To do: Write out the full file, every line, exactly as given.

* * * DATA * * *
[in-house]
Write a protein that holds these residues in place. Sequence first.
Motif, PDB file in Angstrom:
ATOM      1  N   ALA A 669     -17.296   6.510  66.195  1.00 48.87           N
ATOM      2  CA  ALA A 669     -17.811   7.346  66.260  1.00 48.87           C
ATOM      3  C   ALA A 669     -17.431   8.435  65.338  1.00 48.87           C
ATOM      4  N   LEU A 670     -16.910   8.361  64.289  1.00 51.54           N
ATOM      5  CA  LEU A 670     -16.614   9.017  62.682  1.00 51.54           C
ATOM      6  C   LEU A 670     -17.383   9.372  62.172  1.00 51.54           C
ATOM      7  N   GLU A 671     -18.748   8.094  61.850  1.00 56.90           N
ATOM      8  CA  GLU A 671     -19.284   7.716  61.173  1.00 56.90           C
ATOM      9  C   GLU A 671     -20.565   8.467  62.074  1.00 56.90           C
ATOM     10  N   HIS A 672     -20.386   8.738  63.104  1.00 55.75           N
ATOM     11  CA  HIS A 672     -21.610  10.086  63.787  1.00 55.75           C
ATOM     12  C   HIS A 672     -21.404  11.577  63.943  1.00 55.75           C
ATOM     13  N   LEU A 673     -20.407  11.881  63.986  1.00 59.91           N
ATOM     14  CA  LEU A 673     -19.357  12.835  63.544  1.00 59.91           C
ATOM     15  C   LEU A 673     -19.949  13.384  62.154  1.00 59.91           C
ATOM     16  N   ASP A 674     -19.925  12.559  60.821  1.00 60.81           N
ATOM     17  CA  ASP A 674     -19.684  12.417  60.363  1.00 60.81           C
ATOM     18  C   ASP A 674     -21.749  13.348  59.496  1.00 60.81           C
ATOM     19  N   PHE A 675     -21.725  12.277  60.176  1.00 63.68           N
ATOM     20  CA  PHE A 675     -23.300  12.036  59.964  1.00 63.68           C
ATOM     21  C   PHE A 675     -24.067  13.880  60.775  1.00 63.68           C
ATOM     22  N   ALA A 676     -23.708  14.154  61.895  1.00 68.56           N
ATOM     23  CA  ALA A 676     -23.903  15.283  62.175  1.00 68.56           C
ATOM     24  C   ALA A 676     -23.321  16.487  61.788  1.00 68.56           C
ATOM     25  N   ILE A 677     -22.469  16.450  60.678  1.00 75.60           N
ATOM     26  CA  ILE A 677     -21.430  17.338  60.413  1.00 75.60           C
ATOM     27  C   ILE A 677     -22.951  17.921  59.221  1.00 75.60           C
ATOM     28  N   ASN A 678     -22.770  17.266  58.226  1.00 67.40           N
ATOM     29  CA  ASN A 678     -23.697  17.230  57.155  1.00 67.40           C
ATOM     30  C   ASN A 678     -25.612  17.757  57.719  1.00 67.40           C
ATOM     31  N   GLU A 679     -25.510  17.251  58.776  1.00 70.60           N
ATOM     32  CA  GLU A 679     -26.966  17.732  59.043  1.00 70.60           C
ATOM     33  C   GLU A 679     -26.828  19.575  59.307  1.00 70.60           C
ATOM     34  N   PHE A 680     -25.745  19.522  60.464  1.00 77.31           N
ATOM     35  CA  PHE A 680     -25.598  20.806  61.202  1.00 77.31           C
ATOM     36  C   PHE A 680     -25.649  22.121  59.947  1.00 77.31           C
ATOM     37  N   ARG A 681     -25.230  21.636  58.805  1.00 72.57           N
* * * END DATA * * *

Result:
[in-house]
Write a protein that holds these residues in place. Sequence first.
Motif, PDB file in Angstrom:
ATOM      1  N   ALA A 669     -17.296   6.510  66.195  1.00 48.87           N
ATOM      2  CA  ALA A 669     -17.811   7.346  66.260  1.00 48.87           C
ATOM      3  C   ALA A 669     -17.431   8.435  65.338  1.00 48.87           C
ATOM      4  N   LEU A 670     -16.910   8.361  64.289  1.00 51.54           N
ATOM      5  CA  LEU A 670     -16.614   9.017  62.682  1.00 51.54           C
ATOM      6  C   LEU A 670     -17.383   9.372  62.172  1.00 51.54           C
ATOM      7  N   GLU A 671     -18.748   8.094  61.850  1.00 56.90           N
ATOM      8  CA  GLU A 671     -19.284   7.716  61.173  1.00 56.90           C
ATOM      9  C   GLU A 671     -20.565   8.467  62.074  1.00 56.90           C
ATOM     10  N   HIS A 672     -20.386   8.738  63.104  1.00 55.75           N
ATOM     11  CA  HIS A 672     -21.610  10.086  63.787  1.00 55.75           C
ATOM     12  C   HIS A 672     -21.404  11.577  63.943  1.00 55.75           C
ATOM     13  N   LEU A 673     -20.407  11.881  63.986  1.00 59.91           N
ATOM     14  CA  LEU A 673     -19.357  12.835  63.544  1.00 59.91           C
ATOM     15  C   LEU A 673     -19.949  13.384  62.154  1.00 59.91           C
ATOM     16  N   ASP A 674     -19.925  12.559  60.821  1.00 60.81           N
ATOM     17  CA  ASP A 674     -19.684  12.417  60.363  1.00 60.81           C
ATOM     18  C   ASP A 674     -21.749  13.348  59.496  1.00 60.81           C
ATOM     19  N   PHE A 675     -21.725  12.277  60.176  1.00 63.68           N
ATOM     20  CA  PHE A 675     -23.300  12.036  59.964  1.00 63.68           C
ATOM     21  C   PHE A 675     -24.067  13.880  60.775  1.00 63.68           C
ATOM     22  N   ALA A 676     -23.708  14.154  61.895  1.00 68.56           N
ATOM     23  CA  ALA A 676     -23.903  15.283  62.175  1.00 68.56           C
ATOM     24  C   ALA A 676     -23.321  16.487  61.788  1.00 68.56           C
ATOM     25  N   ILE A 677     -22.469  16.450  60.678  1.00 75.60           N
ATOM     26  CA  ILE A 677     -21.430  17.338  60.413  1.00 75.60           C
ATOM     27  C   ILE A 677     -22.951  17.921  59.221  1.00 75.60           C
ATOM     28  N   ASN A 678     -22.770  17.266  58.226  1.00 67.40           N
ATOM     29  CA  ASN A 678     -23.697  17.230  57.155  1.00 67.40           C
ATOM     30  C   ASN A 678     -25.612  17.757  57.719  1.00 67.40           C
ATOM     31  N   GLU A 679     -25.510  17.251  58.776  1.00 70.60           N
ATOM     32  CA  GLU A 679     -26.966  17.732  59.043  1.00 70.60           C
ATOM     33  C   GLU A 679     -26.828  19.575  59.307  1.00 70.60           C
ATOM     34  N   PHE A 680     -25.745  19.522  60.464  1.00 77.31           N
ATOM     35  CA  PHE A 680     -25.598  20.806  61.202  1.00 77.31           C
ATOM     36  C   PHE A 680     -25.649  22.121  59.947  1.00 77.31           C
ATOM     37  N   ARG A 681     -25.230  21.636  58.805  1.00 72.57           N